The other night, upon finishing our exams, my roommate and I went out for the night. From 8pm to 6am, we went from a cafe to a house party to a bar to roaming the rynek to going back to the first bar to a restaurant to home. In between that time, in one night, I met people from Spain, Italy, Britain, Mexico, China, Russia, Norway, France, the Netherlands, Belgium, Lithuania, America, and Canada. I actually spent about 75% of the night with 3 Spanish girls and 1 Spanish guy! I learned some dance moves to traditional Spanish songs, took a shot of rum with a Lithuanian, rejected a dance to a Norwegian, disagreed on terms of nationality with a British guy, and was hugged and kissed by a bunch of Belgians[2].

Granted, part of that was because I spent the beginning part of my night at a Couchsurfer’s meet-up, but honestly, more than half of those ethnicities I listed were people I met in the rynek.

So Cheers to Krakow! This is what has made living here a fun time. I’m meeting people from everywhere, having memorable nights with strangers that feel like friends by the time the night is over, embracing the ethnicity, and feel like I am enjoying life.

Today marks the halfway point. Exactly five months ago, I left Canada—and finally Krakow is starting to feel like home. However, in another five months, I will be on a plane back to Canada, my homeland. I have no idea how I’ll feel then.


[1] Okay, for the reference, all Filipino people I’ve met DO uphold their traditions. Go Fili! <– I do not know if that’s a thing… probably not.

[2] No joke on that one! They adored me like I was Mary.


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I’m glad I came to Poland.

That is basically the past week’s thoughts summed up. I can’t say exactly what it is, but I have been quite happy this past week. Cheerful, skipping, singing-songs-aloud, random bouts of happiness –kind of happy.

I feel like my perspectives are starting to change. Perspectives… of life? I’m not sure. I suddenly feel more whole, closer to that person I am. I’m not sure how to describe it.

In class the other day, my amazing grammar teacher didn’t teach. That wasn’t the plan. We just got off topic, and talked and talked about how our (the students) countries differentiated, what the politics were like, universities, families, etc. I think what separates a good teacher from a great teacher is a teacher that allows that. To drop the plan for the day and let the students converse about serious matters.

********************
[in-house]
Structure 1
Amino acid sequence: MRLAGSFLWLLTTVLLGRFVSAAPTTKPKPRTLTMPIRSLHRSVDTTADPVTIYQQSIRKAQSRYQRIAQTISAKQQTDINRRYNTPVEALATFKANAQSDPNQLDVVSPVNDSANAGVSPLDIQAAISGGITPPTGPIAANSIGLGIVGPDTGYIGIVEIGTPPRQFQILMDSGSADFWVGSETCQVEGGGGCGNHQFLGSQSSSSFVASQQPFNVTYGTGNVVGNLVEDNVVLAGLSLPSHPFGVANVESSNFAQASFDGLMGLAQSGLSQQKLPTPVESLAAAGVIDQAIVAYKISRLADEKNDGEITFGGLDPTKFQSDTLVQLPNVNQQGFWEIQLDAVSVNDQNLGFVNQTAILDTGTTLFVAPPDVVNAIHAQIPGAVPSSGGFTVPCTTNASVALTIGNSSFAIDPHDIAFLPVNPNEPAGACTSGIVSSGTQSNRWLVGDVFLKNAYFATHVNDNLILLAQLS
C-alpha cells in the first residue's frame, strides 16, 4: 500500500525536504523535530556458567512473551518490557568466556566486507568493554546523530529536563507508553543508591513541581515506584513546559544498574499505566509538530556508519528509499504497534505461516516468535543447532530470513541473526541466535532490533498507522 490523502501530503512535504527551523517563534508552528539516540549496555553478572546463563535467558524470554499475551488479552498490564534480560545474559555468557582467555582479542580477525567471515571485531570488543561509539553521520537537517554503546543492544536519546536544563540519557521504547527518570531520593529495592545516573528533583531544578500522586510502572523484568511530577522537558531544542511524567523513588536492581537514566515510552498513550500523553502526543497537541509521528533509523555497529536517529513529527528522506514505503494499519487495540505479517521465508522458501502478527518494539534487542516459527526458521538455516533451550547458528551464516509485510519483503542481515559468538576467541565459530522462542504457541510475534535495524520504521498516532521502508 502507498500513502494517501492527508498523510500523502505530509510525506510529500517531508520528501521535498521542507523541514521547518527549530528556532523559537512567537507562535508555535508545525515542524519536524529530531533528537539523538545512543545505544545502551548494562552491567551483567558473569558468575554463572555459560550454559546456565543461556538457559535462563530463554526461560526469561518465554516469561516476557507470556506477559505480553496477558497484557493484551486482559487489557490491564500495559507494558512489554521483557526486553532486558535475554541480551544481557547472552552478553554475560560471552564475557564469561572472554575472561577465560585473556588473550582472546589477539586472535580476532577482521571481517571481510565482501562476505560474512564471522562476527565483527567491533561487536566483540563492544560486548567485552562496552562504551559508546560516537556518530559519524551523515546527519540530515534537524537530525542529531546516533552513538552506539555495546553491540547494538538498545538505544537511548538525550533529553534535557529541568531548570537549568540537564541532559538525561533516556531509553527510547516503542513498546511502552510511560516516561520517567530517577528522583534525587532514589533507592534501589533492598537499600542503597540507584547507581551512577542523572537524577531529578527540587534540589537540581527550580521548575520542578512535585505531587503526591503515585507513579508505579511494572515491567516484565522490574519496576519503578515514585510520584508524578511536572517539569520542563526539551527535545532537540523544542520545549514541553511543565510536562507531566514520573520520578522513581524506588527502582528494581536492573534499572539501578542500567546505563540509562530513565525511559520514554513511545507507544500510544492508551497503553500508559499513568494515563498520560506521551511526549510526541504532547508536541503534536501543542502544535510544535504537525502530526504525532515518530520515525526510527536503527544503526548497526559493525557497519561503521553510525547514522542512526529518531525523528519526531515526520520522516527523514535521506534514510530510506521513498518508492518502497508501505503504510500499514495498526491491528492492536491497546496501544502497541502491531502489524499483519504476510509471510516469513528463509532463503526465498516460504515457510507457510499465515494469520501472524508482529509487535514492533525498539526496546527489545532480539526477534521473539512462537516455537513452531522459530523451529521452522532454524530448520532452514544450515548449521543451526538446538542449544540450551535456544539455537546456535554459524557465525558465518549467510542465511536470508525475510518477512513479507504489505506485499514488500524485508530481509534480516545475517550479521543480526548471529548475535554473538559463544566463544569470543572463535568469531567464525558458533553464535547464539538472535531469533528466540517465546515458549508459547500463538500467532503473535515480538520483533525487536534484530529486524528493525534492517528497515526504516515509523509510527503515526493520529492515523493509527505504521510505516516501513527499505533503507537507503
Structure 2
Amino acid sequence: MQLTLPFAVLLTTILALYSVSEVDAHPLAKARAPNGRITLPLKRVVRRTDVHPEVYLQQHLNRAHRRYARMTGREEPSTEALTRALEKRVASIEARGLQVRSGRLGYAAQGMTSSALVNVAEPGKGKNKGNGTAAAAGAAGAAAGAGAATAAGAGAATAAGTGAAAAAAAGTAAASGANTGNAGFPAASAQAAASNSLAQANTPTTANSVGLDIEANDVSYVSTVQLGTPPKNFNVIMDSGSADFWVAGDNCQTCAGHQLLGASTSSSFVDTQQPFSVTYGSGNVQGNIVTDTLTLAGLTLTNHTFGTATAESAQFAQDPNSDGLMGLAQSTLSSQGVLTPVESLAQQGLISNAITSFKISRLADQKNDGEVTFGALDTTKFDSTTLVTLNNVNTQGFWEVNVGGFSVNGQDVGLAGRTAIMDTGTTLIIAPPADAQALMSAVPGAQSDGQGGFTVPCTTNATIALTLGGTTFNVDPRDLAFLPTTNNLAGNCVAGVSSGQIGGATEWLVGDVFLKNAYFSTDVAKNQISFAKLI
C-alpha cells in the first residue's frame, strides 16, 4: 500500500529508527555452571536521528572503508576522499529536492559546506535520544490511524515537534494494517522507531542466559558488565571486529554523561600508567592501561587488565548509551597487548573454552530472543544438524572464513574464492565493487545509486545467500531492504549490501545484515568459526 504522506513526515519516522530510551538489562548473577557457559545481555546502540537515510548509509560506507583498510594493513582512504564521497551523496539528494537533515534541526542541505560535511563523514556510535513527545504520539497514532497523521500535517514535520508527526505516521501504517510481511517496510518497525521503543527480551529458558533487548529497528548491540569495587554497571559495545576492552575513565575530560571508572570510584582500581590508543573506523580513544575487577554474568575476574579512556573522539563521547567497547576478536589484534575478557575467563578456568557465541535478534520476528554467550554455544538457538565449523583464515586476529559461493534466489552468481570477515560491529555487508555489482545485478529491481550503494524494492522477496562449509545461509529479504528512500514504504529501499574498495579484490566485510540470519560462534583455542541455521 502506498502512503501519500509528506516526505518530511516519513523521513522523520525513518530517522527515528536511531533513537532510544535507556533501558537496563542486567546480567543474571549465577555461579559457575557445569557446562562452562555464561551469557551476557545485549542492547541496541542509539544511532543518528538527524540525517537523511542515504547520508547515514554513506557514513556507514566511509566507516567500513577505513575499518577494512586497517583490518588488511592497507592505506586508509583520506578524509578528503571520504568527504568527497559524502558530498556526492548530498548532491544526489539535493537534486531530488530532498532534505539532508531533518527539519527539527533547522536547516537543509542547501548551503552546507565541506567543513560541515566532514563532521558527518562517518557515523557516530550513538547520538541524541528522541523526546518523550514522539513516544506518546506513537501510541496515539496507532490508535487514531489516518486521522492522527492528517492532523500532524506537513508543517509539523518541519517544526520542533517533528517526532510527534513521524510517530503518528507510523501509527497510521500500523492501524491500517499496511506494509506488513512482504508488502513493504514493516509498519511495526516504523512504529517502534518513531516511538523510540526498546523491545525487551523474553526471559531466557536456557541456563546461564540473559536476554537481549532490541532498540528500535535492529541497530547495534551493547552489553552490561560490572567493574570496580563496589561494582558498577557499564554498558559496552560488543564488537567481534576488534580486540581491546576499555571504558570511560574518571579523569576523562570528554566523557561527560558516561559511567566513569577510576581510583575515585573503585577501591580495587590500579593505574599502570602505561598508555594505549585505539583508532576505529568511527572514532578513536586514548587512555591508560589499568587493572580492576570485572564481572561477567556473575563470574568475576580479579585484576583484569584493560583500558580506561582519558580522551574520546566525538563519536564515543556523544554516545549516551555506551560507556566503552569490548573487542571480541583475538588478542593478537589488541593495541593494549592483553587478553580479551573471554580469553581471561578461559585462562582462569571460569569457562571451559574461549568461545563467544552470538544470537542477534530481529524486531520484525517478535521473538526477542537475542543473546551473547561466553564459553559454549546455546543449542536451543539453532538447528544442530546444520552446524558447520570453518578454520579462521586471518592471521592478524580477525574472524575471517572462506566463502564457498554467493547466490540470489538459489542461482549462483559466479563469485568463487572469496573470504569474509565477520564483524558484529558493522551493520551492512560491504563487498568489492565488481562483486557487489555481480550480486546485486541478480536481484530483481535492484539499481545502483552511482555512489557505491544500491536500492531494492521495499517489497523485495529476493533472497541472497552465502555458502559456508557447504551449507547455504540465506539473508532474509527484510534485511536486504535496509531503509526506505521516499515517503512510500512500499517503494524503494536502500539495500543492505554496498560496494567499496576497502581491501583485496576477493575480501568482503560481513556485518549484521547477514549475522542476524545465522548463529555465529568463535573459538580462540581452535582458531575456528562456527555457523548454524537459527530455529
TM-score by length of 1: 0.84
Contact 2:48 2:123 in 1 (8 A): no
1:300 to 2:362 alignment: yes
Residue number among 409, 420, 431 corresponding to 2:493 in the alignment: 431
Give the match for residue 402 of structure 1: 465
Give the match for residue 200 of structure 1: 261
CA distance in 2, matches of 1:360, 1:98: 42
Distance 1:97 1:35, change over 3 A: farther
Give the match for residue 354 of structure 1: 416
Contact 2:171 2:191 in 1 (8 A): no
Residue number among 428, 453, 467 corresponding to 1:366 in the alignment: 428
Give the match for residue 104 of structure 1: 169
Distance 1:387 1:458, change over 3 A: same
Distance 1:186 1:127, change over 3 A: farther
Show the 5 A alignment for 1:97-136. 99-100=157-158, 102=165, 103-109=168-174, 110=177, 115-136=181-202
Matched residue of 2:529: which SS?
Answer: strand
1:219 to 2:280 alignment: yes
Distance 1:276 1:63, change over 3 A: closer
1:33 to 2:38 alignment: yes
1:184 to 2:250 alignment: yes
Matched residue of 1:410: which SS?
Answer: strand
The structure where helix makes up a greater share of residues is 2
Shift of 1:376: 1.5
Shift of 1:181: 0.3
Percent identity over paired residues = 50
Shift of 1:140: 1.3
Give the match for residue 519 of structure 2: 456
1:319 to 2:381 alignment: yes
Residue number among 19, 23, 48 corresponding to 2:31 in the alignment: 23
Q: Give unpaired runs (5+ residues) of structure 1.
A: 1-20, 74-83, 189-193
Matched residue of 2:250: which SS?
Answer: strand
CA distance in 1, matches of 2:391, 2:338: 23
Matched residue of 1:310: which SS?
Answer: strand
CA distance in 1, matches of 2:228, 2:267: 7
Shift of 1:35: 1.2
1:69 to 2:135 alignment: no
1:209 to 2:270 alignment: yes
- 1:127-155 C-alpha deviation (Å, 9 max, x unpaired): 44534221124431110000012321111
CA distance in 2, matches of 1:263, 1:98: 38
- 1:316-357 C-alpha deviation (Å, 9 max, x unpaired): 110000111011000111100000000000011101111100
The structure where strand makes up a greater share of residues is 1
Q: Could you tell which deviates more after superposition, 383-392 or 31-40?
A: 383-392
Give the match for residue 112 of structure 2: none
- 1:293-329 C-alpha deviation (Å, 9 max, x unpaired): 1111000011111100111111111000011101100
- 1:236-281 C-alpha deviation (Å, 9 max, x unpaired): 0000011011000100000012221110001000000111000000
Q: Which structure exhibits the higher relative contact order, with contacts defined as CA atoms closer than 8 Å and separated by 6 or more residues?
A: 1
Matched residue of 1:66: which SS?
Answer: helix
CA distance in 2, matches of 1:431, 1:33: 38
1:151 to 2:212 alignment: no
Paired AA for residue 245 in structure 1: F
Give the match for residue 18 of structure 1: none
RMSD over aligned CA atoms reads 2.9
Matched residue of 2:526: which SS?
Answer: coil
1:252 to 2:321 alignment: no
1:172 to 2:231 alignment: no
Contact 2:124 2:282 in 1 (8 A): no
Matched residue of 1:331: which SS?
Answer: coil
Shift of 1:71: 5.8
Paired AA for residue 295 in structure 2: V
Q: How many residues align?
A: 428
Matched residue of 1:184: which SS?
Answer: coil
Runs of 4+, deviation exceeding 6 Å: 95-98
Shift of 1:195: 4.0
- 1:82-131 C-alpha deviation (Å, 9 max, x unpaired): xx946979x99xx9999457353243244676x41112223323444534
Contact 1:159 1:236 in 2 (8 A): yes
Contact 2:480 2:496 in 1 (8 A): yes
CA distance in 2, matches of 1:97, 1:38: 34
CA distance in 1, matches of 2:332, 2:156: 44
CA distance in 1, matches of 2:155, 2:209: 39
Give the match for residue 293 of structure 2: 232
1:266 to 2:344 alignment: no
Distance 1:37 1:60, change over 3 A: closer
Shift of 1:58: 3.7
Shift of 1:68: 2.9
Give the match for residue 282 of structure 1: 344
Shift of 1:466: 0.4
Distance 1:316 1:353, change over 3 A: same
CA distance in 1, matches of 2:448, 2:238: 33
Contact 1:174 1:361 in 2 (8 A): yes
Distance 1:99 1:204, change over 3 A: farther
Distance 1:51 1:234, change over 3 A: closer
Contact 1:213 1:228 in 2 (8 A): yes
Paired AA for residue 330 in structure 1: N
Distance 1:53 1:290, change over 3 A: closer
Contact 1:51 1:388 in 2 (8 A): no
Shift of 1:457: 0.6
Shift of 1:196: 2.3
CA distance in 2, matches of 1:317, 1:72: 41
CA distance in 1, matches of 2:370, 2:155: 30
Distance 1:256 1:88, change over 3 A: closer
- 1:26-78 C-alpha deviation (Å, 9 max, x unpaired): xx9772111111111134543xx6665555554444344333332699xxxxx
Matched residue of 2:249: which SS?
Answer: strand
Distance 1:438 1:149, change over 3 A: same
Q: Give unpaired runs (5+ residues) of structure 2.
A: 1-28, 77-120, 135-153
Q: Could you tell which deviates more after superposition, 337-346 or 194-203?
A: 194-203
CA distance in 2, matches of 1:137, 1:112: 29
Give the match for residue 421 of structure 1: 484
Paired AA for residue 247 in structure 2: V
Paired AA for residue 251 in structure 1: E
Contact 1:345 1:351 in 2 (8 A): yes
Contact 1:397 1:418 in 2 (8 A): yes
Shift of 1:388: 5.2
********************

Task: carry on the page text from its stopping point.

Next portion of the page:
One girl is from Belarus and talked about the dictator there and their life under him, how they’re scared to go on the streets when it’s late, how there aren’t opportunities, how he prevents them from increasing their living standards, how they can’t discuss his dictatorship, how they can’t even say his name on the phone without the conversation being monitored. She got really fired up when talking about it because it is a very personal issue that upsets her. Some of the other students were shocked, others were close to tears. She left Belarus for a better education and for her freedoms. I think this class was really productive because the students and the teacher got to understand each other on a new level[1].
Later we got on the topic of racism, and being an observer to other cultures, I explained where I lived and the prejudice that exists on Natives and just how it frustrates me how my family here look at them like they’re inferior, and all the same. They’re not. They are a living part of our society, intermingled like everyone else. Others yet have incredibly beautiful cultures and the damage that was done to them in the past hasn’t completely died down, as racism is still incredibly alive. Some people were surprised how intermingled the area where I live is. In one class alone, there is a mix of all races. Portuguese, Chinese, Native, South African, Filipino, Columbian, American, Polish, to name a few. My teacher said it’s a good thing to grow up in a place surrounded by culture. I know I didn’t really notice it as a kid, but looking back, I am thankful. As a kid, you see everyone as one and the same. But when you get older, you see the differences in history, ethnicity, and culture. I remember going to community potlucks and how filled with tradition those were. Dances, songs, food from all cultures. I even remember being about seven and dressing up in traditional Polish dress. I don’t remember what we did, maybe dance or sing, but I do remember the experience.